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Monday, 8 April, 2002, 09:38 GMT 10:38 UK
Q&A: Kirch's insolvency
Bankers and investors continue to debate the future of Kirch, the massively indebted German media empire. The firm, which owns the rights to some of the biggest international sporting events, has declared its core media unit insolvent. BBC News Online picks over the implications of Kirch's troubles.
I'm looking forward to watching the football World Cup this year. Will my viewing be disrupted?
Almost certainly not.
True, Kirch has the non-US television rights not just to this coming World Cup, but to the 2006 tournament as well - a privilege that it paid $2.2bn to acquire.
The fact that it could not persuade broadcasters to pay enough for local World Cup rights - along with parallel disappointments in other sports - has been one of the main factors behind Kirch's slide into trouble this year.
But as far as the actual broadcasts go, even a cataclysmic corporate bust should not disrupt things, since deals with local broadcasters - the BBC and ITV jointly in the UK, for example - will have been agreed long ago.
The 2006 World Cup, set to take place in Germany, may be another matter, however - but there is plenty of time to patch together a back-up plan.
Could there be any longer-term effects on football?
The mysterious money-men behind the beautiful game have reason to be nervous.
The Kirch debacle, together with fading club revenues, slowing advertising and promotion earnings, ballooning player wage demands and the woes of broadcasters such as the UK's ITV Digital, has underlined the fact that football is not the sensational investment it may have seemed five years ago.
Big companies, which once eagerly jostled for position in football club boardrooms, are increasingly likely to write off the sport as a Bermuda Triangle of investment.
More specifically, and more positively for fans, Kirch is likely to spark a rethink of the way the World Cup is broadcast and marketed.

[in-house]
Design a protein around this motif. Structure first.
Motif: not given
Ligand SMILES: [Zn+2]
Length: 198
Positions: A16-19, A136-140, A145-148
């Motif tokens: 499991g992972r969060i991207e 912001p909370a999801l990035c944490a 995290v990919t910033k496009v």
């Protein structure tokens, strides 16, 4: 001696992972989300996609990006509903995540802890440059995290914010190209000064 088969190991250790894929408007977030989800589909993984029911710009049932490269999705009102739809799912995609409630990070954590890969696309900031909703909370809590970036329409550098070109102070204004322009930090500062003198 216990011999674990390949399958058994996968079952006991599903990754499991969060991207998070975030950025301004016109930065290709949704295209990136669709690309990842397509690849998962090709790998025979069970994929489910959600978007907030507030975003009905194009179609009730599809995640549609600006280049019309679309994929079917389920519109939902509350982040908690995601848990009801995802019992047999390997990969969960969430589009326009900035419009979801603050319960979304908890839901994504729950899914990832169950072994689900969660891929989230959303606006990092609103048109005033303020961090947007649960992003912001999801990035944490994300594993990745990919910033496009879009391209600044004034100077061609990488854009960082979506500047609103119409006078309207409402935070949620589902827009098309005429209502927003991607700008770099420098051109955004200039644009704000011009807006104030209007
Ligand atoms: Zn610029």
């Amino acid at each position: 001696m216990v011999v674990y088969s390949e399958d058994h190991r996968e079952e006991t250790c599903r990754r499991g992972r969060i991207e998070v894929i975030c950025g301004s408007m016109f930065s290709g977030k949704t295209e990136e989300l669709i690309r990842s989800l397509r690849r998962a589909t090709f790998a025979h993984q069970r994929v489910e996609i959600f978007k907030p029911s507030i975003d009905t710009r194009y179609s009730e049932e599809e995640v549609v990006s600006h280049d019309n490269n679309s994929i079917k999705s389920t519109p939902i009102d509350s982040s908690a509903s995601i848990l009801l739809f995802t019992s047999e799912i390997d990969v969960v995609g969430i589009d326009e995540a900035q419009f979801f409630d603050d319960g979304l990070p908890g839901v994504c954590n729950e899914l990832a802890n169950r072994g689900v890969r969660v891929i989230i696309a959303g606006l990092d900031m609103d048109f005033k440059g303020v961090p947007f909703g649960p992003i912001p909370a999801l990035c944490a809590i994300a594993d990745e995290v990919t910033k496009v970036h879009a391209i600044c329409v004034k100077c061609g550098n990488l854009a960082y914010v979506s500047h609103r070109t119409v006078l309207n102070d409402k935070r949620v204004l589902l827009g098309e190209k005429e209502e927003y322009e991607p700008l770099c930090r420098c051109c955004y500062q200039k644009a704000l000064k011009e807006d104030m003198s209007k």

Football authorities are likely to become more wary of handing sole rights to one firm, and bids for rights may be based on something more concrete than the fool's paradise economics of the mid-1990s.
It would be nice to think that football could even become a less mercenary game - but don't hold your breath.
And how about Formula One? Doesn't Kirch have a hand in that?
Indeed, as well as boxing, ice hockey, basketball, golf and tennis.
Kirch's control of the TV rights for Formula One motor racing is even more important - and potentially more damaging to its bottom line - than its World Cup dominance.
Last year, Kirch paid almost $1.8bn for a controlling interest in a consortium owning commercial rights to Formula One.
But it has yet to get its hands on a corresponding slice of the sport's cash flow, and has precious little influence over the way the sport is run.
Although Kirch's Formula One venture is not included in the arm of the firm that has gone insolvent, it seems likely that it will be forced to seek a purchaser - possibly Bernie Ecclestone, the promoter who built the sport into such a cash machine.
In the meantime, racing team owners and big car makers - many of which are keen to increase their influence over the sport - are bidding for greater freedom.
Wholesale changes, ranging from financial juggling to tweaks in race rules, are inevitable even if Kirch does not fail; if it does go belly-up, some disruption to broadcasting seems likely.
I don't care about sport: should I still care about Kirch?
Yes, for a number of reasons.
First, the company's insolvency heralds a shake-up in the European media industry, with politically-inclined magnates such as Rupert Murdoch and Silvio Berlusconi likely to gain a toehold in the continent's biggest market.
Second and in some ways more cheering, Kirch's difficulties - along with a number of other corporate crunches - indicate a sea-change in German business culture.
Until not too long ago, the notion of large corporate failure was anathema, leading to the sort of resistance to change that has - economists say - rendered Europe's economy relatively uncompetitive.
Third, like the ITV Digital palaver in the UK, Kirch's troubles represent the final reckoning for the economic exuberance of the 1990s.
In the same way that wafer-thin tech and telecom firms became massively valued, whopping price tags were slapped on intangible media assets - and companies are now having to pay for that carelessness.
If the dot.com crash, the collapse of Enron and the string of bankruptcies in the telecoms business did not sober up the business world, Kirch certainly will.
So in what form will Kirch survive?
That's the billion-euro question.
Kirch is, as they always say, "too big to fail".
In practical terms, that means its assets contain enough intrinsic value to at least be snapped up and preserved by someone else.
But now that the key KirchMedia unit has declared itself insolvent, the chances of salvaging the firm in anything like its present state look slim.
So far, big media groups have been unable to agree with bankers a strategy for taking the company over, but they are now likely to start circling again, in the hope of picking up stray assets.
Huge chunks of the firm- even, possibly, all of it - may yet survive.
But for Kirch's 9,500 staff, these will be nervous days.
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